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5 rookie reminders for a successful long run 

Veterans may roll their eyes, but the long run holds many pitfalls for the new runner

Photo by: Nick Butter

It’s surprisingly easy for the new runner to neglect to plan out specifics to ensure a smooth outing on their weekend long run. You may also become fatigued during that long run and forgetful of the things that ordinarily come as common sense or established routine. For the newbie to longer-distance running, here are a few reminders to keep you on track for a successful run from start to finish. 

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Plan your route

Set the course you will run ahead of time, noting any potential obstacles along the route, like unsafe crossings. Be sure to seek out a potential potty stop in the vicinity, should the need arise. 

Drink enough, but not too much

We all know this, but learning to hydrate properly with the right amount of fluids for your individual needs and body is often a matter of trial and error. Too little fluid intake and you may feel tired and sluggish, or you may get a headache or a dry mouth, among other symptoms of dehydration. With too much fluid intake, you may need to find a bathroom in the middle of your run. Be aware of the risk of drinking far too much and experiencing hyponatremia, a severe and dangerous level of over-hydration. Like all things, balance and self-awareness are key.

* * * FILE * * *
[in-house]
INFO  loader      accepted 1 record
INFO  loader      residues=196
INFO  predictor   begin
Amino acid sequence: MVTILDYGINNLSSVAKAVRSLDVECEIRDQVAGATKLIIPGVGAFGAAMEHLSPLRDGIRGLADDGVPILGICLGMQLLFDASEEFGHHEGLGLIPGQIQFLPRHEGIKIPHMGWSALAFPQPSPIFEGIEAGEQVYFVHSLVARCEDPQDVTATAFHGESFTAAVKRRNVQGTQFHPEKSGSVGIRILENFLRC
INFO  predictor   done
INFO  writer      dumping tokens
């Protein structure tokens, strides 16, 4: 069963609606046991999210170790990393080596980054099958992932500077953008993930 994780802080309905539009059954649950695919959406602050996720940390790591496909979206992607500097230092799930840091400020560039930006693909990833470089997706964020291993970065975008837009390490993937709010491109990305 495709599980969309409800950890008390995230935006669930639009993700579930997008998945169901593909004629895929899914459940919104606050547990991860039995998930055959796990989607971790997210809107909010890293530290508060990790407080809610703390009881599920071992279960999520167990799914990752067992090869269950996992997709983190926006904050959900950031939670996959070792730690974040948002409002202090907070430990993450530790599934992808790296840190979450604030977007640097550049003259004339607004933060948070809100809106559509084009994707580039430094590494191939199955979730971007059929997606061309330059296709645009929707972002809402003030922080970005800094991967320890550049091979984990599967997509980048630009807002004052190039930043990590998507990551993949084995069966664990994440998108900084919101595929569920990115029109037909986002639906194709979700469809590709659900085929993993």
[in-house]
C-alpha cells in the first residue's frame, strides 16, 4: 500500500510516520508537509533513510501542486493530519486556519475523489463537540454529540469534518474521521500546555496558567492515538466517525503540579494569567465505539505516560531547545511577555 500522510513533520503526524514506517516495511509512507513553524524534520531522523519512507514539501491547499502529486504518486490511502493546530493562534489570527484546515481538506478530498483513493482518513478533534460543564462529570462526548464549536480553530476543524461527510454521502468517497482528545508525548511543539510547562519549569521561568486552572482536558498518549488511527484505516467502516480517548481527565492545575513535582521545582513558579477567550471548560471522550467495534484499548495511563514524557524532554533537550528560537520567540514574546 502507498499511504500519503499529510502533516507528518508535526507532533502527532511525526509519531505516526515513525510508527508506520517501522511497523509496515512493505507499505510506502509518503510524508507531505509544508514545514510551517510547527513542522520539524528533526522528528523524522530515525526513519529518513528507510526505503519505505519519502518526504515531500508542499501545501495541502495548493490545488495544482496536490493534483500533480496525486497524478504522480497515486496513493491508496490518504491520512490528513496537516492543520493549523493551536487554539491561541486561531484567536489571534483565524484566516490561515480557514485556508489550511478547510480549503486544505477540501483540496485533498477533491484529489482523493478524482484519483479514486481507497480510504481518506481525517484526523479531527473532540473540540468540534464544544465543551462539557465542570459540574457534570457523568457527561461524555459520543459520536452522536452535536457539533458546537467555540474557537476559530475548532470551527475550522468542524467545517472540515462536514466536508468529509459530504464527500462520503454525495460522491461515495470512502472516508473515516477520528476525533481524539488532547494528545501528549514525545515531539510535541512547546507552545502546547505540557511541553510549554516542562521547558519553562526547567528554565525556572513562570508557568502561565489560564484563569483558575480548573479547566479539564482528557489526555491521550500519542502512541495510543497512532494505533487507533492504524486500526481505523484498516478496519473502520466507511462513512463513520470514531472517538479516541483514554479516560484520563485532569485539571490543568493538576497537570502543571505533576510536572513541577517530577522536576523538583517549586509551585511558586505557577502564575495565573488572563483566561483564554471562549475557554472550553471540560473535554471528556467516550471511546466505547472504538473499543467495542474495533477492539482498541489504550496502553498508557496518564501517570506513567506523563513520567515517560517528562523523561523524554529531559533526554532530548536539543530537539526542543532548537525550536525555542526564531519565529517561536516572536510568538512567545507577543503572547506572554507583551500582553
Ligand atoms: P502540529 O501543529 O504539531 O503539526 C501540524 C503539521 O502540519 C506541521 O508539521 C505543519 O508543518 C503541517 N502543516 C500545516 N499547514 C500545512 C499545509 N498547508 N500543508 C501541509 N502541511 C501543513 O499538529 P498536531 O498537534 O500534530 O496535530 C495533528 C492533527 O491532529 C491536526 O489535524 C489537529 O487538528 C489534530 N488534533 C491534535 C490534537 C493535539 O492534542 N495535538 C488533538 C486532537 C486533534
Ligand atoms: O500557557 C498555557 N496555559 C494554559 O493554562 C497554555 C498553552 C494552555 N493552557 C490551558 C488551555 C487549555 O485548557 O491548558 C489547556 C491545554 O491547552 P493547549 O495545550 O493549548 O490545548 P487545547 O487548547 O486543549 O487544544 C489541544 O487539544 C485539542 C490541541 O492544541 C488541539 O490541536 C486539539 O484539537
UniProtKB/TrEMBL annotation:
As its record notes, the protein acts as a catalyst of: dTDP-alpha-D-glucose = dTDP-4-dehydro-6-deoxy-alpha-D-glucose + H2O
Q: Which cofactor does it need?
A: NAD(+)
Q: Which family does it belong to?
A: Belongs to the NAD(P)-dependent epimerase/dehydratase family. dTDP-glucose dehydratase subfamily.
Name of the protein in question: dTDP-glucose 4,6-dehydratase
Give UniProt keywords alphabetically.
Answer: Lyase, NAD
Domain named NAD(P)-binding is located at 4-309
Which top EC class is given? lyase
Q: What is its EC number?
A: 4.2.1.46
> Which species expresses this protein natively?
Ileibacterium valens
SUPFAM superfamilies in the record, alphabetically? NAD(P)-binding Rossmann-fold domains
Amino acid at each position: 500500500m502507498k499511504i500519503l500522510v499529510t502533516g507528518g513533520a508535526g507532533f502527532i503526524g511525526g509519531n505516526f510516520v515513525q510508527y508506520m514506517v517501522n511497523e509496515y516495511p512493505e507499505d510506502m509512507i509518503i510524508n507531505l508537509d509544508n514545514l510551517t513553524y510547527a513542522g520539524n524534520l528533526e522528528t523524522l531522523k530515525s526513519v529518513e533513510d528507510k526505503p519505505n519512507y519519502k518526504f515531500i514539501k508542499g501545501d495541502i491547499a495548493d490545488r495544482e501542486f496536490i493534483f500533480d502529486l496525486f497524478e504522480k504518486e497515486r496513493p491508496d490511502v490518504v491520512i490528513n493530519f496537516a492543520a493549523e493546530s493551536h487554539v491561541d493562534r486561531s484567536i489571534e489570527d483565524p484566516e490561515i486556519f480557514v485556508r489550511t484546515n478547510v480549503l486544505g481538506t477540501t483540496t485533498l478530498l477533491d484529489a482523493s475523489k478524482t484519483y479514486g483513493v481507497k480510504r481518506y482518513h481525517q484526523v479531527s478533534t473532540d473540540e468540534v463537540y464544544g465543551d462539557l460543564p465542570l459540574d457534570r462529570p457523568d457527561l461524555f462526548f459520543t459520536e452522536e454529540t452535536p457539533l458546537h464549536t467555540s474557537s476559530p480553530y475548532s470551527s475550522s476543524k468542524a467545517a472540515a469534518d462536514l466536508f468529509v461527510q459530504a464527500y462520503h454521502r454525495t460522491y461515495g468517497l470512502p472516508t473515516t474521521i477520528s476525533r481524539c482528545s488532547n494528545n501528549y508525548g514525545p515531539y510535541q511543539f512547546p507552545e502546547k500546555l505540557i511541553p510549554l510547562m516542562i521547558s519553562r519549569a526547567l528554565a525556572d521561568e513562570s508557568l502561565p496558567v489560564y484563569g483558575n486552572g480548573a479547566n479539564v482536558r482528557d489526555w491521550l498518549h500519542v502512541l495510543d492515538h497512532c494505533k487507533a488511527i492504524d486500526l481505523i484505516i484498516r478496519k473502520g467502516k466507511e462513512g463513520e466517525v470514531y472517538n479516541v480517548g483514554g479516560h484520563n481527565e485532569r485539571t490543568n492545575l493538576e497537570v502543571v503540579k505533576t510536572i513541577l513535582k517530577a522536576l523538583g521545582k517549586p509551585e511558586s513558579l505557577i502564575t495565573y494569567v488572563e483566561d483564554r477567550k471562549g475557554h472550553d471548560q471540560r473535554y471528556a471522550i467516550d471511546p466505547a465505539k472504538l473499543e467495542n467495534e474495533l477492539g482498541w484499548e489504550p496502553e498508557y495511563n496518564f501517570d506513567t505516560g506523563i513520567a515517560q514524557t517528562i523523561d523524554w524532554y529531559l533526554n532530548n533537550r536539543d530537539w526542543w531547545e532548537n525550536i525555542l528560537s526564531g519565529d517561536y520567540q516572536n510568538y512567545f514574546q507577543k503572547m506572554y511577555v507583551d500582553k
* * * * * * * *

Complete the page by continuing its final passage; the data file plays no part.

Check your route distance

If you are using a GPS watch, don’t forget to double check the actual distance you’ve run before pressing the stop button. It seems obvious, but you can avoid the rookie mistake of falling short of your distance goal. Additionally, Strava and Garmin apps can sometimes clock a different route than each other, so adding a few extra metres can ensure the finish distance is enough. 

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Recruit a crew

Have helpers along the way. Arrange to have family, friends or fellow runners be your support crew. Have a pit stop prepared in advance with a friendly face, water, gels or any supplies you might need. Encouragement and a cheering squad are a welcome sight and a good boost during a long run. 

Photo: Josh Tenn-Yuk

Plan your kit

Pick the right outfit ahead of time. Training runs (including long runs) are a great way to test new gear and nutrition ahead of race day. You want to be sure the clothes you wear fit comfortably and don’t chafe. 

Lastly, don’t forget to celebrate when you finish! It is an accomplishment to be proud of, no matter how it went.